Al Pacino is the certified G.O.A.T. We’re talking about the same man who played Vincent “She’s got a great ass!” Hanna in Heat. An incredible, Oscar-winning actor known and beloved for his bravado launched his career with a very different role: the introverted Michael Corleone in a little movie called The Godfather. Perhaps some of our readers have heard of it. But if they haven’t, Pacino plays the Michael Bluth of his mafioso family, building a career outside the mob in hopes of never being dragged into a life of crime. It didn’t turn out that way, as director Francis Ford Coppola explores across 20 years and three films.
Paramount is going all out with the film’s 50th anniversary on the horizon, re-releasing the movie in theaters and 4k Blu-ray with a brand new restoration. But also, it’s giving us fans of movies and pop culture (i.e., us intelligent, beautiful people) a chance to reflect on what they’ve meant to us. But, of course, it’s also giving people like Al Pacino a chance too.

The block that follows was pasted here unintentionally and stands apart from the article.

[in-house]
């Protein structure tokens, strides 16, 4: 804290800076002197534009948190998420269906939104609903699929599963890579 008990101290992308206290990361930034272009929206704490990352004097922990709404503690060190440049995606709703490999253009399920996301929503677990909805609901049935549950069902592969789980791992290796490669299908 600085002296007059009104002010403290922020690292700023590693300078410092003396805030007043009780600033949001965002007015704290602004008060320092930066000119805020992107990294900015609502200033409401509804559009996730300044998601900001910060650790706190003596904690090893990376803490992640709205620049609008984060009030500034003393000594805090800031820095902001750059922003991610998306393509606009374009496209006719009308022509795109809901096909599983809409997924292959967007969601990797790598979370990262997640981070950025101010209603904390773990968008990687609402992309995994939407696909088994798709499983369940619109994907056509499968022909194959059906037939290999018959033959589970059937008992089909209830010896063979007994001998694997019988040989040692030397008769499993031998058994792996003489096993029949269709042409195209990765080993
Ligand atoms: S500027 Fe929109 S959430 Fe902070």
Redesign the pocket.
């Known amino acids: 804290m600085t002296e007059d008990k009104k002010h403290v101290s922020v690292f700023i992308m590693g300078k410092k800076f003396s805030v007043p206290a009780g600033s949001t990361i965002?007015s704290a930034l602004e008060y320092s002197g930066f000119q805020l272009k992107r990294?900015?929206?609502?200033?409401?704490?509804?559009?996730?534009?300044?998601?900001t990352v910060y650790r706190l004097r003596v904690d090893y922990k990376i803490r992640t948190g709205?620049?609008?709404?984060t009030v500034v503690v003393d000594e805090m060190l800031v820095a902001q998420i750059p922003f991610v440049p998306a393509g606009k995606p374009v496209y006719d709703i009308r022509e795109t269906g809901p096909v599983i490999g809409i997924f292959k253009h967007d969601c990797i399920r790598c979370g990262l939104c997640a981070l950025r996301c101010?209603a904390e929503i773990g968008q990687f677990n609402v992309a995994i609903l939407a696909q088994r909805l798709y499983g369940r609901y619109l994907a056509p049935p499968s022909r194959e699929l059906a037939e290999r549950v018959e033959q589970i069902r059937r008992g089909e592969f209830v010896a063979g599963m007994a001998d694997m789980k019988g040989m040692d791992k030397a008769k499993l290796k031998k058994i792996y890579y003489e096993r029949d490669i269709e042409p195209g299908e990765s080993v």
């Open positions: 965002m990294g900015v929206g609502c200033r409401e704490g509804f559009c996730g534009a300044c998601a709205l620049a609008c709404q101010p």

Speaking with The New York Times, Pacino takes us back to where it all began and the insecurity he felt regarding the role, his career, and working with absolute legends like Marlon Brando and legends-in-the-making like James Caan. The conversation allows Pacino to remind us that The Godfather was a phenomenon before everyone’s dad started saying, “Leave the gun, take the cannoli.”
It was a big deal already. It was a big book. When you’re an actor, you don’t even put your eyes on those things. They don’t exist for you. You’re in a certain place in your life where you’re not going to be accepted in those big films — not yet, at least. And he said, not only was he directing it, [breaking into laughter] but he wanted me to do it. I’m sorry, I don’t mean to laugh here. It just seemed so outrageous. Here I am, talking to somebody who I think is flipped out. I said, what train am I on? OK. Humor the guy. And he wanted me to do Michael. I thought, OK, I’ll go along with this. I said, yes, Francis, good. You know how they talk to you when you’re slipping? They say, “Yes! Of course! Yes!” But he wasn’t. It was the truth. And then I was given the part.